Word Count Vulnerability-CVE-2006-6561:

A remote code execution vulnerability exists in Microsoft Word. An attacker could exploit this vulnerability when Word parses a file and processes an unchecked count. Such a specially crafted file might be included as an e-mail attachment or hosted on a malicious Website. An attacker could exploit the vulnerability by constructing a specially crafted Word file that could allow remote code execution. Viewing or previewing a malformed e-mail message in an affected version of Outlook could not lead to exploitation of this vulnerability.

Word Macro Vulnerability-CVE-2007-0208:

A remote code execution vulnerability exists in Microsoft Word. If a user is logged on with administrative user rights, an attacker who successfully exploited this vulnerability could take complete control of an affected system. An attacker could then install programs; view, change, or delete data; or create new accounts with full user rights. Users whose accounts are configured to have fewer user rights on the system could be less impacted than users who operate with administrative user rights.

Word Malformed Drawing Object Vulnerability-CVE-2007-0209:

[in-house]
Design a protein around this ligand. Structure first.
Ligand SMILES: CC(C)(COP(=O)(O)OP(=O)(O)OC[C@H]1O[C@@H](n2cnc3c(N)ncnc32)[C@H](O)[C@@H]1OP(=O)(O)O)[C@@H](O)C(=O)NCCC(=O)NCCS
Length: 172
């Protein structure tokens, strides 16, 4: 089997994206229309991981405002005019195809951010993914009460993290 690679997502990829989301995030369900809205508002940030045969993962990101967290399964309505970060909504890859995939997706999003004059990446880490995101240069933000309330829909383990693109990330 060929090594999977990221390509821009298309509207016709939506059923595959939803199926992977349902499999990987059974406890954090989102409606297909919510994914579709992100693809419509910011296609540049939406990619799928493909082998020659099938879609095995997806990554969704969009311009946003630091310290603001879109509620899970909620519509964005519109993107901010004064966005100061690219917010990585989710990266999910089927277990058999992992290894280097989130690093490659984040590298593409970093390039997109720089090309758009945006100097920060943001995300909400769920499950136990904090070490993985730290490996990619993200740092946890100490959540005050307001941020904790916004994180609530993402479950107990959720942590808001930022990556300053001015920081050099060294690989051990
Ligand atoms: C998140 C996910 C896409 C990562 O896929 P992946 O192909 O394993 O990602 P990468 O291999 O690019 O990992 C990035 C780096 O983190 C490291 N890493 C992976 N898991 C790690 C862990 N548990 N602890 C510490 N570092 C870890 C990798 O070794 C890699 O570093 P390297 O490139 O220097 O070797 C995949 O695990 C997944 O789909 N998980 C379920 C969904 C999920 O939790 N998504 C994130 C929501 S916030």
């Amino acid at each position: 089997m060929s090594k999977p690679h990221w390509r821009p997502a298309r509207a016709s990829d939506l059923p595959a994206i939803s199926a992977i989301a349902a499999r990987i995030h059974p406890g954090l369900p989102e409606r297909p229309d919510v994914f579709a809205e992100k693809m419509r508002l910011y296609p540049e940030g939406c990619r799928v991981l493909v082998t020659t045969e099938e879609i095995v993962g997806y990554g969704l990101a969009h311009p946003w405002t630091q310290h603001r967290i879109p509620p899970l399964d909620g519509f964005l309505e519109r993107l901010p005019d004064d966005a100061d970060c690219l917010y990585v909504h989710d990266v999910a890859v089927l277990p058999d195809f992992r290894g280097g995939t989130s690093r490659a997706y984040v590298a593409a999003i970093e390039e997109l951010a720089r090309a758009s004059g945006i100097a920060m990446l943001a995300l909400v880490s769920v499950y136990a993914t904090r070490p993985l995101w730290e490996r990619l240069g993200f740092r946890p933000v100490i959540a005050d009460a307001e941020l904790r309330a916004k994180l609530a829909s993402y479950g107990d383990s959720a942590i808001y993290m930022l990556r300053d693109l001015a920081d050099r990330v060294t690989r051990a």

A remote code execution vulnerability exists in Microsoft Word. An attacker could exploit this vulnerability when Word parses a file and processes a malformed drawing object. Such a specially crafted file might be included as an e-mail attachment or hosted on a malicious Website. An attacker could exploit the vulnerability by constructing a specially crafted Word file that could allow remote code execution.

Word Malformed Function Vulnerability-CVE-2007-0515:

A remote code execution vulnerability exists in Microsoft Word. An attacker could exploit this vulnerability when Word parses a file and processes a malformed function. Such a specially crafted file might be included as an e-mail attachment or hosted on a malicious Website. Viewing or previewing a malformed e-mail message in an affected version of Outlook could not lead to exploitation of this vulnerability. An attacker could exploit the vulnerability by constructing a specially crafted Word file that could allow remote code execution.

How Cisco Security Agent Stops the Exploit